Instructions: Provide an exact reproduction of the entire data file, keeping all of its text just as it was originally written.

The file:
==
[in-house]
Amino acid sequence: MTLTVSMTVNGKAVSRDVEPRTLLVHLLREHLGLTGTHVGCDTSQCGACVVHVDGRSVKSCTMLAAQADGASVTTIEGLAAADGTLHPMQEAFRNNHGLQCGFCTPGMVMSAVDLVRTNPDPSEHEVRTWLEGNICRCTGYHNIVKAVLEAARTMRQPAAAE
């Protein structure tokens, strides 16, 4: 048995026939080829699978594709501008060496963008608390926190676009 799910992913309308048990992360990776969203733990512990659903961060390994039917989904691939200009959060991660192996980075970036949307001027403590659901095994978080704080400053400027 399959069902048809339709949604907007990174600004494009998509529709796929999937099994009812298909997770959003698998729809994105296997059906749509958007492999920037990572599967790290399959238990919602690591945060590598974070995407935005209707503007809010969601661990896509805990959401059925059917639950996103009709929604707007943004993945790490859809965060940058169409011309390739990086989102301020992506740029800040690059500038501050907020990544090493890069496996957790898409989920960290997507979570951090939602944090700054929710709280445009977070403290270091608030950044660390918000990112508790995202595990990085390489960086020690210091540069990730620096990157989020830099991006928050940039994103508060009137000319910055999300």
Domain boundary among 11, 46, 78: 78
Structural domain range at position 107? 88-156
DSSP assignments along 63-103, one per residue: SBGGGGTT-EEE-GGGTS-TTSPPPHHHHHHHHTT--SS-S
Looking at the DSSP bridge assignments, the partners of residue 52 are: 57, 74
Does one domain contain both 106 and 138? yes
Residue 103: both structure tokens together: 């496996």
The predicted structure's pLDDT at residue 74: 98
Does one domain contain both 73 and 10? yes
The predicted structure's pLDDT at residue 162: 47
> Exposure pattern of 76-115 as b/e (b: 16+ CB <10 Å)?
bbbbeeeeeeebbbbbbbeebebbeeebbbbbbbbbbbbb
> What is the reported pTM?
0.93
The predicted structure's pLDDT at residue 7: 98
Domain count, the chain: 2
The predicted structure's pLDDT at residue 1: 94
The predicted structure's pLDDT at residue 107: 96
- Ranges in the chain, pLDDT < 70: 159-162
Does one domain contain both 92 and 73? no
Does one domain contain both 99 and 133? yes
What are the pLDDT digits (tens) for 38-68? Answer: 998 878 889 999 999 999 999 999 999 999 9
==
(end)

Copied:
[in-house]
Amino acid sequence: MTLTVSMTVNGKAVSRDVEPRTLLVHLLREHLGLTGTHVGCDTSQCGACVVHVDGRSVKSCTMLAAQADGASVTTIEGLAAADGTLHPMQEAFRNNHGLQCGFCTPGMVMSAVDLVRTNPDPSEHEVRTWLEGNICRCTGYHNIVKAVLEAARTMRQPAAAE
């Protein structure tokens, strides 16, 4: 048995026939080829699978594709501008060496963008608390926190676009 799910992913309308048990992360990776969203733990512990659903961060390994039917989904691939200009959060991660192996980075970036949307001027403590659901095994978080704080400053400027 399959069902048809339709949604907007990174600004494009998509529709796929999937099994009812298909997770959003698998729809994105296997059906749509958007492999920037990572599967790290399959238990919602690591945060590598974070995407935005209707503007809010969601661990896509805990959401059925059917639950996103009709929604707007943004993945790490859809965060940058169409011309390739990086989102301020992506740029800040690059500038501050907020990544090493890069496996957790898409989920960290997507979570951090939602944090700054929710709280445009977070403290270091608030950044660390918000990112508790995202595990990085390489960086020690210091540069990730620096990157989020830099991006928050940039994103508060009137000319910055999300």
Domain boundary among 11, 46, 78: 78
Structural domain range at position 107? 88-156
DSSP assignments along 63-103, one per residue: SBGGGGTT-EEE-GGGTS-TTSPPPHHHHHHHHTT--SS-S
Looking at the DSSP bridge assignments, the partners of residue 52 are: 57, 74
Does one domain contain both 106 and 138? yes
Residue 103: both structure tokens together: 């496996």
The predicted structure's pLDDT at residue 74: 98
Does one domain contain both 73 and 10? yes
The predicted structure's pLDDT at residue 162: 47
> Exposure pattern of 76-115 as b/e (b: 16+ CB <10 Å)?
bbbbeeeeeeebbbbbbbeebebbeeebbbbbbbbbbbbb
> What is the reported pTM?
0.93
The predicted structure's pLDDT at residue 7: 98
Domain count, the chain: 2
The predicted structure's pLDDT at residue 1: 94
The predicted structure's pLDDT at residue 107: 96
- Ranges in the chain, pLDDT < 70: 159-162
Does one domain contain both 92 and 73? no
Does one domain contain both 99 and 133? yes
What are the pLDDT digits (tens) for 38-68? Answer: 998 878 889 999 999 999 999 999 999 999 9